'Taking voters out of the equation': how parties kill competition

WASHINGTON — The number of competitive congressional districts is on course to dip near — and possibly below — the lowest level in at le...


WASHINGTON — The number of competitive congressional districts is on course to dip near — and possibly below — the lowest level in at least three decades, as Republicans and Democrats draw new political maps designed to ensure that the vast majority of House races are over before the general election begins.

With two-thirds of the new limits set, mapmakers are poised to attract fewer than 40 seats – out of 435 – that are considered competitive based on the results of the 2020 presidential election, according to an analysis of election data from the New York Times. Ten years ago, that number was 73.

As the exact size of the battlefield still looms, the sharp drop in competition for House seats is the latest ominous sign of dysfunction in the US political system, already grappling with a plague of misinformation and growing mistrust in with regard to the elections. The lack of competition in general elections can deepen the ideological divide between parties, leading to hardened deadlocks over legislation and the alienation of voters from the political process.

“The reduction in competitive seats is a tragedy,” said former attorney general Eric H. Holder Jr., who is chairman of the National Democratic Redistricting Committee. “We end up with an impasse, we end up with no progress and we end up with a population that looks at our legislatures and has the feeling that nothing is being done.” He added: “This impasse leads to cynicism about this whole process.”

Both Republicans and Democrats are responsible for adding to the count of safe seats. Over the decades, parties have skillfully used the redistricting process to create constituencies dominated by one party’s voters or to bolster incumbents.

It remains unclear which party will ultimately benefit the most from this year’s bumper crop of safe seats, or whether President Biden’s declining approval ratings could endanger Democrats whose districts have not been deemed competitive. Republicans control the mapping for more than twice as many districts as Democrats, leaving many GOP members to believe the party can regain the upper hand. Majority in the House after four years of Democratic control largely by attracting favorable seats.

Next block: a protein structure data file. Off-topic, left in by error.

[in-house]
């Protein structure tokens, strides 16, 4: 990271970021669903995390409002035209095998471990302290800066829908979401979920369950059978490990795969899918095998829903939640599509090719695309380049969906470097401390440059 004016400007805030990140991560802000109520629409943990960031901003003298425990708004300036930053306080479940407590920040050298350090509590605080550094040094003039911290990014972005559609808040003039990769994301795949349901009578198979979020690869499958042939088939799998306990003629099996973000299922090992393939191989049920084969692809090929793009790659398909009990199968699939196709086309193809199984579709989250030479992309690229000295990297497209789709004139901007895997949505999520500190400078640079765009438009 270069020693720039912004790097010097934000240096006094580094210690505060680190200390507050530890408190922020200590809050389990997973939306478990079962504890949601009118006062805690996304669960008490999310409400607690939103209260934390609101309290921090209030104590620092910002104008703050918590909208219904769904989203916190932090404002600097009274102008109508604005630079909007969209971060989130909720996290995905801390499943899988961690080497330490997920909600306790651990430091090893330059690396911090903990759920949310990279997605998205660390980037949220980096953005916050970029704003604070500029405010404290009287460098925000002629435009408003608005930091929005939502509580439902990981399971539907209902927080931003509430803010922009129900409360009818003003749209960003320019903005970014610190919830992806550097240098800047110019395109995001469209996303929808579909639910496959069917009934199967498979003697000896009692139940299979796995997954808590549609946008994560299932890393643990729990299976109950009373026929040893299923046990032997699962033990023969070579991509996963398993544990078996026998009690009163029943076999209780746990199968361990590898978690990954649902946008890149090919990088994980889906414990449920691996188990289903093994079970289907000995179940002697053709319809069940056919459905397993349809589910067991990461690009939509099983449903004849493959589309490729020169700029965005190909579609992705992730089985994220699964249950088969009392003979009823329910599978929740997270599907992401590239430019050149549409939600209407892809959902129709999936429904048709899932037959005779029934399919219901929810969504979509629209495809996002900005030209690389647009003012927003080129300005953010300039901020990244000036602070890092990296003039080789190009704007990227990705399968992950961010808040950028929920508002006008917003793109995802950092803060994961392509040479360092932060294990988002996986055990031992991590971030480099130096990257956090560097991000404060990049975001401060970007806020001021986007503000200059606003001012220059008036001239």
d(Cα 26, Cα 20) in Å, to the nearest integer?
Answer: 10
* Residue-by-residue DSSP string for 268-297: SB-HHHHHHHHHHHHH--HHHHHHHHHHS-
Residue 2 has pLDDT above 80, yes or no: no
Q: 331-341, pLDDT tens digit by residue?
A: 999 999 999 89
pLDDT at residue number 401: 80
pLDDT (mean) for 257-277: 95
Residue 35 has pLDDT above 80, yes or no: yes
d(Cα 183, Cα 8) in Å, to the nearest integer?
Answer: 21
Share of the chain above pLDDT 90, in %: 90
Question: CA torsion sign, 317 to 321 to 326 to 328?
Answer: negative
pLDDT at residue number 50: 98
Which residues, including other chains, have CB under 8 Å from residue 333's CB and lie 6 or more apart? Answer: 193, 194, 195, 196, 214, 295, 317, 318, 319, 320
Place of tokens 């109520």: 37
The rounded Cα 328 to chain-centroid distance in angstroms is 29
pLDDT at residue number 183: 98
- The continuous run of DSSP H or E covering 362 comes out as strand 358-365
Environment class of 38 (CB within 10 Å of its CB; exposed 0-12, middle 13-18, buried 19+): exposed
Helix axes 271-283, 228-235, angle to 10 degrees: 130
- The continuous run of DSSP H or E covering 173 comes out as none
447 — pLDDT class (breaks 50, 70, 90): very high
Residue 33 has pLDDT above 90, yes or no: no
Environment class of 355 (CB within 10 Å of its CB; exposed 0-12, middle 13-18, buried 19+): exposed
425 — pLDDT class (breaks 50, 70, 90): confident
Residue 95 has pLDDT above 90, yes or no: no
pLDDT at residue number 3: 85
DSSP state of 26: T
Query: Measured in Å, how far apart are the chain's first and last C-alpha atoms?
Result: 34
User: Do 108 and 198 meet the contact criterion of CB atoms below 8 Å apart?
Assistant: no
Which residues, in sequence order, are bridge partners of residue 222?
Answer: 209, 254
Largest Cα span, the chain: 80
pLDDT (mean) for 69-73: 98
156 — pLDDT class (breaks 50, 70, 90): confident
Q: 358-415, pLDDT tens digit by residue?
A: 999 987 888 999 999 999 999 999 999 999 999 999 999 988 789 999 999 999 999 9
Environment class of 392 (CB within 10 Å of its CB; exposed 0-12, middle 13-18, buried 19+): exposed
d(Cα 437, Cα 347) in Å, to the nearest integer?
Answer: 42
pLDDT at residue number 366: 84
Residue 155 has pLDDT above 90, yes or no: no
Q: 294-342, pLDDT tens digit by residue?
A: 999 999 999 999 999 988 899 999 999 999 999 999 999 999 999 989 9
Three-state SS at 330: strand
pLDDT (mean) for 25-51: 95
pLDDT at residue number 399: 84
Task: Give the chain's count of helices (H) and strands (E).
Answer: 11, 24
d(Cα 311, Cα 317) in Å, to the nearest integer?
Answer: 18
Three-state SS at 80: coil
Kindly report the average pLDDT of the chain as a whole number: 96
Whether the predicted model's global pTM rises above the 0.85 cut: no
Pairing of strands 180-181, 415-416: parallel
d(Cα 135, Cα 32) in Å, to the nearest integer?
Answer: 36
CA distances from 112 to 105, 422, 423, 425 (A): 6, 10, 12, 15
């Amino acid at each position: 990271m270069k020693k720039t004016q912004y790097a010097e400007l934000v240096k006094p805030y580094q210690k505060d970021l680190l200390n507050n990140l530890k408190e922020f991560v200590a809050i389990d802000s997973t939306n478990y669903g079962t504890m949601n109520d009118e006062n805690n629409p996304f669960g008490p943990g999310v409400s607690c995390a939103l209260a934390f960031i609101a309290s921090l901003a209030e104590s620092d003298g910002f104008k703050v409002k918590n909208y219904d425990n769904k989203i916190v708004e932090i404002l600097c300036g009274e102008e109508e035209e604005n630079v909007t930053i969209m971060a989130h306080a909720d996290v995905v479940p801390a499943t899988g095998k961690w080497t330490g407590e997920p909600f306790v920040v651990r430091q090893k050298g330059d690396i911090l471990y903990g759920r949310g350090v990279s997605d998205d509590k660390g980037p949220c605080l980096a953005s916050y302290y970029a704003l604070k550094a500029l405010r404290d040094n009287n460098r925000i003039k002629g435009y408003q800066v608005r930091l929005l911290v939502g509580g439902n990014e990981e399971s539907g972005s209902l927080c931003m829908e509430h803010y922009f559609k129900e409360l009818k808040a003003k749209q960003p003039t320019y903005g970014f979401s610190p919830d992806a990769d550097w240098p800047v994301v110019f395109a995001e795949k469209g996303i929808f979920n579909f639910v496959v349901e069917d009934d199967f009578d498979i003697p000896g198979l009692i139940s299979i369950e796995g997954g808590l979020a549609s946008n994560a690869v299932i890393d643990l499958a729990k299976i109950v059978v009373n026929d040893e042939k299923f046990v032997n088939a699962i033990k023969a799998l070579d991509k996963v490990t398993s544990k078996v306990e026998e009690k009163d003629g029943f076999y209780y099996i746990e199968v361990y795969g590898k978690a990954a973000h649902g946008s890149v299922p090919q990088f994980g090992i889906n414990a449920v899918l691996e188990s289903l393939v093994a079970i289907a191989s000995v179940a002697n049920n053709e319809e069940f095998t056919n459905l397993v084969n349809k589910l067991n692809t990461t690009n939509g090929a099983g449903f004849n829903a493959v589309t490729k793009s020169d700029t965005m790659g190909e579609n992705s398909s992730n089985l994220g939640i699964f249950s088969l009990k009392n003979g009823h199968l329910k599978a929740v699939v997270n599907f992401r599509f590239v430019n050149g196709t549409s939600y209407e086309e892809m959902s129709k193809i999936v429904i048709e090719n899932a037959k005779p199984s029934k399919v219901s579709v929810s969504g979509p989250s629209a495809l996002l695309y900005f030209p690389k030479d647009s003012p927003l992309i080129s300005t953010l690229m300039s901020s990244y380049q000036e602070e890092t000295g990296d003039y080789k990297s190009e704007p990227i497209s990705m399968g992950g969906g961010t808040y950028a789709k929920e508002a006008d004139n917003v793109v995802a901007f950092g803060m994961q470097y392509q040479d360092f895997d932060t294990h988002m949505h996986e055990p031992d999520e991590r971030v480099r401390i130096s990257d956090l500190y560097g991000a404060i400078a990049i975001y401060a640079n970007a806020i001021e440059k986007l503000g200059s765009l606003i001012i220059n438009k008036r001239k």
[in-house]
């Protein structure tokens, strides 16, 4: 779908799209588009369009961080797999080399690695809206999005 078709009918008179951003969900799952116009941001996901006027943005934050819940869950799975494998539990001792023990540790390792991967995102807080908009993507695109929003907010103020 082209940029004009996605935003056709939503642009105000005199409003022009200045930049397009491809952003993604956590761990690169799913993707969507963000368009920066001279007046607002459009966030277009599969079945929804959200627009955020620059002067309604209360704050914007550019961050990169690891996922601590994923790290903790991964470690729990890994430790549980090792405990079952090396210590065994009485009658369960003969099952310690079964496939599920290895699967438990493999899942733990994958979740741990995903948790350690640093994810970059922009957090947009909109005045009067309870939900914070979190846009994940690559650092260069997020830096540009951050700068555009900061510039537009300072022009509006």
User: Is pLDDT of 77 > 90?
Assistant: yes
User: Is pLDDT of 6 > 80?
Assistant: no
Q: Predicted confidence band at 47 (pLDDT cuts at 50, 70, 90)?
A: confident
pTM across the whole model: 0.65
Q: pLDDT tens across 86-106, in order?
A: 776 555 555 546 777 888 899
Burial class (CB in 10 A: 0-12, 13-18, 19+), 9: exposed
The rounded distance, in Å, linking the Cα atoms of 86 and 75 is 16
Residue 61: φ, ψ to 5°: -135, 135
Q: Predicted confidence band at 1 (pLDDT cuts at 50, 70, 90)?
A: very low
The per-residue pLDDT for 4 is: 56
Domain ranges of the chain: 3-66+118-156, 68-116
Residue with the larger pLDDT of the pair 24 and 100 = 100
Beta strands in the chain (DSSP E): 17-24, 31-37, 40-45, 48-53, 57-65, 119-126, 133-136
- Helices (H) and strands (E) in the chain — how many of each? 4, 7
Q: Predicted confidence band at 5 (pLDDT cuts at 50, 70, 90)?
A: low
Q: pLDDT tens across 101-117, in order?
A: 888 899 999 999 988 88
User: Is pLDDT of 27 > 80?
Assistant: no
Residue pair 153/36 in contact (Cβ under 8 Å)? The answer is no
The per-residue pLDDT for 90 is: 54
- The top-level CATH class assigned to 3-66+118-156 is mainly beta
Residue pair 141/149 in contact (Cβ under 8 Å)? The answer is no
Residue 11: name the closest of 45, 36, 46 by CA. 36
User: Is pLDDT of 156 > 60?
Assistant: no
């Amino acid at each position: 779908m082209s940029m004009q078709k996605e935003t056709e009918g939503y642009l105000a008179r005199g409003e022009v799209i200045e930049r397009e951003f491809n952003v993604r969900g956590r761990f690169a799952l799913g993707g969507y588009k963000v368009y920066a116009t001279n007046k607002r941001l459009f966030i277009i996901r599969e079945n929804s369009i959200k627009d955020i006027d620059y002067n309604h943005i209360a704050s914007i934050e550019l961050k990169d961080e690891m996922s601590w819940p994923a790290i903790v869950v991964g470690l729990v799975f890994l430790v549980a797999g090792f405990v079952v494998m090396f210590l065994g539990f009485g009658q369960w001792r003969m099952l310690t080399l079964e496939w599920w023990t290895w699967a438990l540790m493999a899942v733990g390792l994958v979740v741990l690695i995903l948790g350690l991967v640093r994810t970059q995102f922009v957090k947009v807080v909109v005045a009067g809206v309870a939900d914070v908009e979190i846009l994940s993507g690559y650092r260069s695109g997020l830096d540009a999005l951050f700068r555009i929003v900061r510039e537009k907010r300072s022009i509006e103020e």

But Democrats have used their power to gerrymand more aggressively than expected. In New York, for example, the The Democratic-controlled legislature approved a map on Wednesday this gives the party a strong chance of overthrowing up to three House seats currently held by Republicans.

That left Republicans and Democrats essentially tied, with two big unknowns hanging in the balance: Florida’s 28 seats, increasingly the subject of Republican infighting, are still up in the air and several court cases in other States could send lawmakers back to the drawing board.

“New York Democrats are gerrymandering like the House depends on it,” said Adam Kincaid, executive director of the National Republican Redistricting Trust, the party’s main mapping organization. “Republican lawmakers shouldn’t be afraid to legally exercise their political advantage where they have control.”

New York’s new map doesn’t just set Democrats up to win more seats, it also eliminates competitive districts. In 2020, there were four districts where Mr. Biden and former President Donald J. Trump were within five percentage points. There are none in the new map. Even the reconfigured neighborhood that stretches from Republican-dominated Staten Island to Democratic Brooklyn neighborhoods is now, on paper at least, Democrat-friendly territory.

Without this competition from outside the party, many politicians begin to see that the greatest threat to their careers comes from within.

“When I was a congressman, most members woke up worried about a general election,” said former Rep. Steve Israel of New York, who led the House Democrats’ campaign committee last year. recut cycle. “Now they wake up worried about a main opponent.”

Mr. Israel, who left Congress in 2017 and now owns a bookstore on Long Island, recalled Republicans telling him they would like to vote for Democratic priorities like gun control, but feared a backlash from their party’s base. House Democrats, Israel said, would like to address issues such as Social Security and Medicare reform, but understand that would draw a strong primary challenge from the left wing of the government. left.